Landerson Gomes dos Santos in Rio de Janeiro, Brazil says (In Portuguese):

Desde seu lançamento no dia 31 de agosto de 2015, o RAD Studio 10 Seattle vem conquistando o cenário de desenvolvimento rápido de aplicações, acredito eu que nunca um lançamento de versão do RAD foi tão aguardado e comentado como esse.

What do you think of Delphi, C++Builder and RAD Studio 10 Seattle?

Posted in MVP | Tagged | 3 Comments

Skill Sprint: Using FireMonkey Layouts

FireMonkey has many layout controls to choose from. Come learn the differences and how to use them to create dynamic, multi-platform user interfaces.

FireMonkey Layouts with Delphi

FireMonkey Layouts with C++Builder

 

Understanding and using FireMonkey Layouts

FireMonkey and the FireUI makes it easy to build one form to rule all the platforms. Combining layout controls and making use of Anchors, Alignment, Padding and Margins it is easy to make one form that looks and works great on all platforms.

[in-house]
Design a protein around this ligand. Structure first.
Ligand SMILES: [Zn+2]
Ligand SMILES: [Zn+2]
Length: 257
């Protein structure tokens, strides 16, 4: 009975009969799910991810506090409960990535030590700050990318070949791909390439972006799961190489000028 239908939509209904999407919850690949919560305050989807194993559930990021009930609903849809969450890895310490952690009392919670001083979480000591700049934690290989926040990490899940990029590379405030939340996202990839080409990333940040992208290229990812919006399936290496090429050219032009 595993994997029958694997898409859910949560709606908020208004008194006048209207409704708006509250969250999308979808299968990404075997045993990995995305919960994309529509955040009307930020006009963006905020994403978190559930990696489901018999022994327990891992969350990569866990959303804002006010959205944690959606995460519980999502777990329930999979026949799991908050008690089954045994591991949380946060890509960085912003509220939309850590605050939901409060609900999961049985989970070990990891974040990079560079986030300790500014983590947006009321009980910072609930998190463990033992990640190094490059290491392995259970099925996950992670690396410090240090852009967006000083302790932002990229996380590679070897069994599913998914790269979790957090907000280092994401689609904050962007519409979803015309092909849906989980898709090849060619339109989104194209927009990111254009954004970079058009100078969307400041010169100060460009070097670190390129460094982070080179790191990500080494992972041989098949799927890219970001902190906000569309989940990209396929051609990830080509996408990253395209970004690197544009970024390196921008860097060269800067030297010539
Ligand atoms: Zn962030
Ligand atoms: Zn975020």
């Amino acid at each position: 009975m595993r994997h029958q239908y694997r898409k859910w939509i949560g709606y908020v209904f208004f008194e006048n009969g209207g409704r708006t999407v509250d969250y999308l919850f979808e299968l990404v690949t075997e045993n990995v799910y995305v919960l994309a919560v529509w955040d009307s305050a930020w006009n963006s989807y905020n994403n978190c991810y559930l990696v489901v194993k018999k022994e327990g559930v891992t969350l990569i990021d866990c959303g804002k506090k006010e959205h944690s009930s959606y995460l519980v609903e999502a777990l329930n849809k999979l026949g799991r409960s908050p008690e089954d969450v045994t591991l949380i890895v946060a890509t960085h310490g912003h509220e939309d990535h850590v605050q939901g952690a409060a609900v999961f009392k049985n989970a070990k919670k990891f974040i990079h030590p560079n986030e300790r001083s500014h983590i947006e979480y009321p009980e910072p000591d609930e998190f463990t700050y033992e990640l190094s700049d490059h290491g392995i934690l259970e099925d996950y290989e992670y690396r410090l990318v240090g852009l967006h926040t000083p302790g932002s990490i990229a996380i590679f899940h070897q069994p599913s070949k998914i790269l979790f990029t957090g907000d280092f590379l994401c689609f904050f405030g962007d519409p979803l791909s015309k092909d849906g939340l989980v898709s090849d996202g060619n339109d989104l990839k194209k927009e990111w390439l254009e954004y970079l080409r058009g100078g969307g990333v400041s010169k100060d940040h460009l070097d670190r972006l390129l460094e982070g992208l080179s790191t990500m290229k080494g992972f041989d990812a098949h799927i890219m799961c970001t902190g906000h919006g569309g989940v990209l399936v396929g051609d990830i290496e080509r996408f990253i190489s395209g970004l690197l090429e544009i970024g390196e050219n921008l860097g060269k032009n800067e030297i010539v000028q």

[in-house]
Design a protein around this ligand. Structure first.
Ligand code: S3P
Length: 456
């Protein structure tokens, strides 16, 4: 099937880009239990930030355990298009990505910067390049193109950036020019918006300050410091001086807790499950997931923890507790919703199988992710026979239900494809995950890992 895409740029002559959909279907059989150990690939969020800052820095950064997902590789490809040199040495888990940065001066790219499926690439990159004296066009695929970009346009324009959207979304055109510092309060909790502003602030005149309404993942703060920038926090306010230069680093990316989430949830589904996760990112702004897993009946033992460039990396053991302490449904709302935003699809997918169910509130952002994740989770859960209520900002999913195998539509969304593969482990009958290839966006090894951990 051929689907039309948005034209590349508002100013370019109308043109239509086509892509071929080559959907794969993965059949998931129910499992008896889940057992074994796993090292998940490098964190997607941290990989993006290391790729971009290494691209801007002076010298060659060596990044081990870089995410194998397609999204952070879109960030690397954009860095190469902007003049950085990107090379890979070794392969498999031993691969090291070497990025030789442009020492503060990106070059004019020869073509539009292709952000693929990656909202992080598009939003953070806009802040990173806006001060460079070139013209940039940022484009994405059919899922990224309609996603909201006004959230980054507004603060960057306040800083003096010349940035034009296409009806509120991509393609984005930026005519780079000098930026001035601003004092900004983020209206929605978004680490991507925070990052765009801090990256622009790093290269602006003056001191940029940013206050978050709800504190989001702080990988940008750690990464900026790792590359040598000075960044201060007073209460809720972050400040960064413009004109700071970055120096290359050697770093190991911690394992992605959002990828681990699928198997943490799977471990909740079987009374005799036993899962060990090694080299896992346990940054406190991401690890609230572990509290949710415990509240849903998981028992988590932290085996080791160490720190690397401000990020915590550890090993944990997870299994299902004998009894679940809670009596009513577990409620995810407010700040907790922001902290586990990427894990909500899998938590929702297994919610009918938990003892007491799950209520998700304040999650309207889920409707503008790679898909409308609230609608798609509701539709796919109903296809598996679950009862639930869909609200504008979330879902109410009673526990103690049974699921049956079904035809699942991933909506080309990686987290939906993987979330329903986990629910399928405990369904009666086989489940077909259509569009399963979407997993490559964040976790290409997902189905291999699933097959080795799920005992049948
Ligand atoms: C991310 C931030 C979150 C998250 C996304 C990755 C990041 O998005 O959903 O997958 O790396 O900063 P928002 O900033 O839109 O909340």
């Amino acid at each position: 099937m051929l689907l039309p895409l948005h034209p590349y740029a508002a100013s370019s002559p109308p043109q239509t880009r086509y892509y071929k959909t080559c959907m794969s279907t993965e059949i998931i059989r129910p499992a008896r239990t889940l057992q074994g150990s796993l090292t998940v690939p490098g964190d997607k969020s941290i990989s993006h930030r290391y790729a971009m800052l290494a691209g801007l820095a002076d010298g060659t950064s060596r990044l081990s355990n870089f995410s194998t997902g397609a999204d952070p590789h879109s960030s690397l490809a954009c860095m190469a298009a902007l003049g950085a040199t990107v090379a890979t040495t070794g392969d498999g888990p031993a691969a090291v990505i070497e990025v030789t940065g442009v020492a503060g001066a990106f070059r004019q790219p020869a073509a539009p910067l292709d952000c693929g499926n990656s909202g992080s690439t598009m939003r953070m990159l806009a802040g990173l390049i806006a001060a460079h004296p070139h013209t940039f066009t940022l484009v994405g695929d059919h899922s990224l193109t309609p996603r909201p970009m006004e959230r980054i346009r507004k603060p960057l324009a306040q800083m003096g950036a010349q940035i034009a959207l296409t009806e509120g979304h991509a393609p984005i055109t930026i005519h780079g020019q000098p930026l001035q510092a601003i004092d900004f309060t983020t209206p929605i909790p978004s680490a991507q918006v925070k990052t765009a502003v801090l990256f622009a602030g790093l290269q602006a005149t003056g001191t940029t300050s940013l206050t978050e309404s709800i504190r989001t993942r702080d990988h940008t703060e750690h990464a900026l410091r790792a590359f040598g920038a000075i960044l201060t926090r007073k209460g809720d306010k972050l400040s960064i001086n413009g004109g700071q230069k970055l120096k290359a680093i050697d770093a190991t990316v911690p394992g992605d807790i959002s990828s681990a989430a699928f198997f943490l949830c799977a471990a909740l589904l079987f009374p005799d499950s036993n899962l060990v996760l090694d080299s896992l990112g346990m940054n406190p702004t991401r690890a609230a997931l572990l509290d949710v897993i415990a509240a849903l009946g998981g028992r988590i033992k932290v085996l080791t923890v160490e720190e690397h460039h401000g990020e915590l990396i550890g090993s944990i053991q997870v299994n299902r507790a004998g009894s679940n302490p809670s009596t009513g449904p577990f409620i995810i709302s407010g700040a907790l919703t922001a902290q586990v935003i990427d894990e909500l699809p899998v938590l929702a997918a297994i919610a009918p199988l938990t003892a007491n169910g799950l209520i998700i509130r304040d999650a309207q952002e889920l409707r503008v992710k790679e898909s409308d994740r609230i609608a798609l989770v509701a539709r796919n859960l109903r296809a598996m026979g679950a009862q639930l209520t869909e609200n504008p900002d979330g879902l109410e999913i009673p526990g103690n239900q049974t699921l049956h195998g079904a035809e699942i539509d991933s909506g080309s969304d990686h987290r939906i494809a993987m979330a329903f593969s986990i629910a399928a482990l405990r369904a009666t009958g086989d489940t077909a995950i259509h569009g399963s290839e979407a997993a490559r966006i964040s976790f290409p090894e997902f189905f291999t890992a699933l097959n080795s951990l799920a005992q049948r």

Anchors

  • Position relative to one or more edge(s) of parent:Anchor
    • Top
    • Bottom
    • Left
    • Right
  • Default is Top, Left
  • Moves with parent resize
  • Each control has 0 to 4 anchors

Alignment

  • Aligns control within parent, setting anchors, size and position.
  • Default is None.
  • Anchor and fill along edge:
    • Top, Bottom, Left, Right
  • Fill parent, but preserve aspect ratio:
    • Fit, FitLeft, FitRight
  • Fill along one side of the parent (priority over other edge alignments):
    • MostBottom, MostTop, MostLeft, MostRight
  • Resize only on one axis (width or height)
    • Vertical, VertCenter, Horizontal, HorzCenter